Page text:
New Zealand Law Society - Payment should not have been made

Payment should not have been made

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All names used in this article are fictitious

A lawyer who made a payment which he acknowledged should not have been made, has been censured and fined $3,500 by a lawyers standards committee.

The lawyer, Blackpool, acted for Mr and Mrs Claypole on the sale of their property, which they owned as tenants in common in equal shares.

After settlement, there was a surplus in funds from the sale. A legal executive working for Blackpool attempted on settlement day to obtain instructions from Mr Claypole as to how to deal with the surplus. The legal executive could not reach him, but also spoke to Mrs Claypole who instructed the firm to pay the balance to Mrs Claypole’s personal bank account, and the money was paid to her.

The committee noted that “despite inquiries, it is not clear where the money is now held.” “Mrs [Claypole] has (apparently) refused to account to Mr [Claypole] for his share of the money”.

Blackpool acknowledged to the standards committee that he was aware the property was held in equal shares and said the legal executive dealing with the transaction was aware of this but did not refer the payment authorisation to him.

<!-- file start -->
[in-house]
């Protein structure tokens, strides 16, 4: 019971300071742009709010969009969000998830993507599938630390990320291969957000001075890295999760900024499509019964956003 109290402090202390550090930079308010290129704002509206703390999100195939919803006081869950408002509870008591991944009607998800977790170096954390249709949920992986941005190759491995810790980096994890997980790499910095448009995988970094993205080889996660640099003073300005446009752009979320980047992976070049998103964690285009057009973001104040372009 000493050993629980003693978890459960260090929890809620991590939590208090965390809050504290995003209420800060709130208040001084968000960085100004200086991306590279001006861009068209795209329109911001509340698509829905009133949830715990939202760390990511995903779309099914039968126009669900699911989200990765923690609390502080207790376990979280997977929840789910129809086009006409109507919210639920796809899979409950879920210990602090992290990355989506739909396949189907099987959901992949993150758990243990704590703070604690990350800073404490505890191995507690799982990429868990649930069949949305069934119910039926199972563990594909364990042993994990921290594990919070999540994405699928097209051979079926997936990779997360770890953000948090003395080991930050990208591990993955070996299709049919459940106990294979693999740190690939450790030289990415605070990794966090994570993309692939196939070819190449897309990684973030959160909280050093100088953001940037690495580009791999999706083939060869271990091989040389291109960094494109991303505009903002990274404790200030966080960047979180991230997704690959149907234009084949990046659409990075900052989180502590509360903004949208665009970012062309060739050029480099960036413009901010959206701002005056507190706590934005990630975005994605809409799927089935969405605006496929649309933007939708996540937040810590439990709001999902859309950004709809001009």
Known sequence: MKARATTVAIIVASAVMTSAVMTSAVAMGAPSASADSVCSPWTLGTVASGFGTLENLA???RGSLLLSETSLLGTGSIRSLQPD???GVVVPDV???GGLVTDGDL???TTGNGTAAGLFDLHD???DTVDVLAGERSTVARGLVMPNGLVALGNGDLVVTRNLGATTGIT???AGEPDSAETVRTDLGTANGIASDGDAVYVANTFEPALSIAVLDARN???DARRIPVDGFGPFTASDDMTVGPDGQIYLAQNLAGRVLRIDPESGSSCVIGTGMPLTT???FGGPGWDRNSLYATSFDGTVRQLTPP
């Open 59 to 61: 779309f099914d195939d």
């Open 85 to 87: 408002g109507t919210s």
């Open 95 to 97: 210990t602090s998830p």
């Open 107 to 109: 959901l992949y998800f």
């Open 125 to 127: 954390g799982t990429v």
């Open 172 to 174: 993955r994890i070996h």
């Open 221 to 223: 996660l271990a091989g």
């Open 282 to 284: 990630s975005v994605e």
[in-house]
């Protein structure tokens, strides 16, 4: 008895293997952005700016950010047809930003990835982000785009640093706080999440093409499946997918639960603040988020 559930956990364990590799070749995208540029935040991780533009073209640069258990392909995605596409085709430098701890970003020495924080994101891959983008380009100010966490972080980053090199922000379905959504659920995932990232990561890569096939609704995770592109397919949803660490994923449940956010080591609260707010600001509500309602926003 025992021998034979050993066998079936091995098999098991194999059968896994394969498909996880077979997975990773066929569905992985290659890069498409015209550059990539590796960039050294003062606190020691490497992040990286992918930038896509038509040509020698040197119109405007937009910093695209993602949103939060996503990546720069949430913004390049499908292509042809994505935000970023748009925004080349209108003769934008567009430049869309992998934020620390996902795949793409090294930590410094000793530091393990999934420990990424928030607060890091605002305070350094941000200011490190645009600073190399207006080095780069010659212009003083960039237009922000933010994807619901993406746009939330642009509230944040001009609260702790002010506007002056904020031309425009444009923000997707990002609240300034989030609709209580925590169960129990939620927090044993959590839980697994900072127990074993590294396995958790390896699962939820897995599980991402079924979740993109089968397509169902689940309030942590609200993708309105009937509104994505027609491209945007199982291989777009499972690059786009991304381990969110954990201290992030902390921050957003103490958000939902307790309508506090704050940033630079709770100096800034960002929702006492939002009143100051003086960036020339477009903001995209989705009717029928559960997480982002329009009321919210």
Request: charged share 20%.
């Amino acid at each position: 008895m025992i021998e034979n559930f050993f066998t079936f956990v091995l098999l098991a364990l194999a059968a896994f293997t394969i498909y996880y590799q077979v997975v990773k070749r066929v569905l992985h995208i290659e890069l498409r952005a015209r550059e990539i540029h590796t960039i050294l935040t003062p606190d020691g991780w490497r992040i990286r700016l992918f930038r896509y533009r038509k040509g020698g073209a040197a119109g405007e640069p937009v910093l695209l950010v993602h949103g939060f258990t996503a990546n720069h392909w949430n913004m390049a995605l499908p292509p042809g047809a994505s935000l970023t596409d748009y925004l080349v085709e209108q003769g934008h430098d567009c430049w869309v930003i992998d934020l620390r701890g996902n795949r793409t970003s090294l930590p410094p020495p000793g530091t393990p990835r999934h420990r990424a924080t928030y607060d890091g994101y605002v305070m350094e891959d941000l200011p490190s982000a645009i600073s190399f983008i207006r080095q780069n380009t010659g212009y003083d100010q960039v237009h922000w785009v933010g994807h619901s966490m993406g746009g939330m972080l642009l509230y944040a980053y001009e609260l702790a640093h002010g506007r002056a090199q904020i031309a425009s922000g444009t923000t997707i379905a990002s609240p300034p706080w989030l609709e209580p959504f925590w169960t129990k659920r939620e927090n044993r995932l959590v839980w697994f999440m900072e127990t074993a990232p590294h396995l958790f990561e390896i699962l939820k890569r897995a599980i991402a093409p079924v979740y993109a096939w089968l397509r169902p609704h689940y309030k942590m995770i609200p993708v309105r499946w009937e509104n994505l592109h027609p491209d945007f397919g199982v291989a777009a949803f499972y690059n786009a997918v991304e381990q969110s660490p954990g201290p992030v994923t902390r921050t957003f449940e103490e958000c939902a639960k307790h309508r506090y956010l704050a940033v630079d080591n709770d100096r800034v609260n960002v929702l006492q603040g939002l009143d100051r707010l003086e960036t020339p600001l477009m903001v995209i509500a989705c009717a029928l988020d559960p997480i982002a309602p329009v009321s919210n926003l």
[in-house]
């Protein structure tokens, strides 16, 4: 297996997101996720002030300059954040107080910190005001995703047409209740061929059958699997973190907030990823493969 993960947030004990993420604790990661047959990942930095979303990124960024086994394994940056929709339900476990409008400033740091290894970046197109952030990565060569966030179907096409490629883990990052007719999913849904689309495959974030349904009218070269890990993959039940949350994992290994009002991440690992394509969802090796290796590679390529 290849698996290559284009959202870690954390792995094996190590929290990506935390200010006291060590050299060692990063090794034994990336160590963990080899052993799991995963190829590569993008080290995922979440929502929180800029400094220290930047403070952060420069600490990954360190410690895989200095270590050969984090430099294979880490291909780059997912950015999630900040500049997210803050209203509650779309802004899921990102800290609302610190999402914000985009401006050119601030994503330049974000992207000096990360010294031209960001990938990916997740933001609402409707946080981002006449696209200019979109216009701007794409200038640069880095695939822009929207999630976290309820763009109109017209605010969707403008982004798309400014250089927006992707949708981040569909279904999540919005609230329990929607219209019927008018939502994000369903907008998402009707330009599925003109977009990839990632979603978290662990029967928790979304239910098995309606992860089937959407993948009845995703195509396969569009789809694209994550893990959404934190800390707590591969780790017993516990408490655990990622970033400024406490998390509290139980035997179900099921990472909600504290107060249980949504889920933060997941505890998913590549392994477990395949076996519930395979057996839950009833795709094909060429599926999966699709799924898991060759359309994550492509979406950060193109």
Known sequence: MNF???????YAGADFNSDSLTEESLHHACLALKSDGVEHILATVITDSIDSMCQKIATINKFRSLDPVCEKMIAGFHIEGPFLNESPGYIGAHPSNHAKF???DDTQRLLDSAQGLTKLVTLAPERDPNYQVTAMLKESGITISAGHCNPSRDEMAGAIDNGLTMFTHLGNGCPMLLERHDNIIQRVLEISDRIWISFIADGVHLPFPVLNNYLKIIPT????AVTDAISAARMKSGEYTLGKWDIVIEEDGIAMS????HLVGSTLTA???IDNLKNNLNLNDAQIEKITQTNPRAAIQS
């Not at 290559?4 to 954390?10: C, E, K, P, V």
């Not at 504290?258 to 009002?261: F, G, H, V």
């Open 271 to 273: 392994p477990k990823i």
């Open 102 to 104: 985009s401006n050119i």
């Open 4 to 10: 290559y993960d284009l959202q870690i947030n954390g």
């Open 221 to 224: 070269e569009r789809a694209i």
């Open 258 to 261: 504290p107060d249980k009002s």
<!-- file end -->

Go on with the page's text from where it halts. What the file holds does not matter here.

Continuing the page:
However, Blackpool subsequently provided the committee a copy of the requisition authority for direct credit. This showed that Mrs Claypole was the payee of the balance of the proceeds of sale and purchase, and that Blackpool had signed as the responsible partner authorising the payment.

The committee noted that Blackpool “appears to accept that it was not appropriate to make payment to Mrs [Claypole] only, without the authority of both clients”.

“Written instruction or authority ought to have been obtained from both Mr and Mrs [Claypole] before the transfer payment to Mrs [Claypole] alone”. The committee noted that the failure to obtain that authority constituted a breach of regulation 12(6)(b) of the Lawyers and Conveyancers Act (Trust Account) Regulations 2008.

Blackpool’s initial response to the committee was that the legal executive responsible for the transaction had not referred to him, and had he been aware, the payment would not have been made.

“Even if that were the case, the committee would have found that [Blackpool] was responsible for the payment, as partner in charge of the trust account transaction.”

It is of “some concern” that Blackpool made a statement to the committee that was factually wrong. “The requisition authority for the direct credit was signed by [Blackpool], and (presumably having checked the document) [Blackpool] now accepts that he did, in fact, authorise the payment.

“His initial answer to the standards committee was incorrect, and misleading,” the committee said.

The committee found Blackpool’s actions amounted to unsatisfactory conduct.

As well as the censure and $3,500 fine, the committee ordered Blackpool to pay Mr Claypole’s external legal costs of $2,600 and to pay $1,000 costs.

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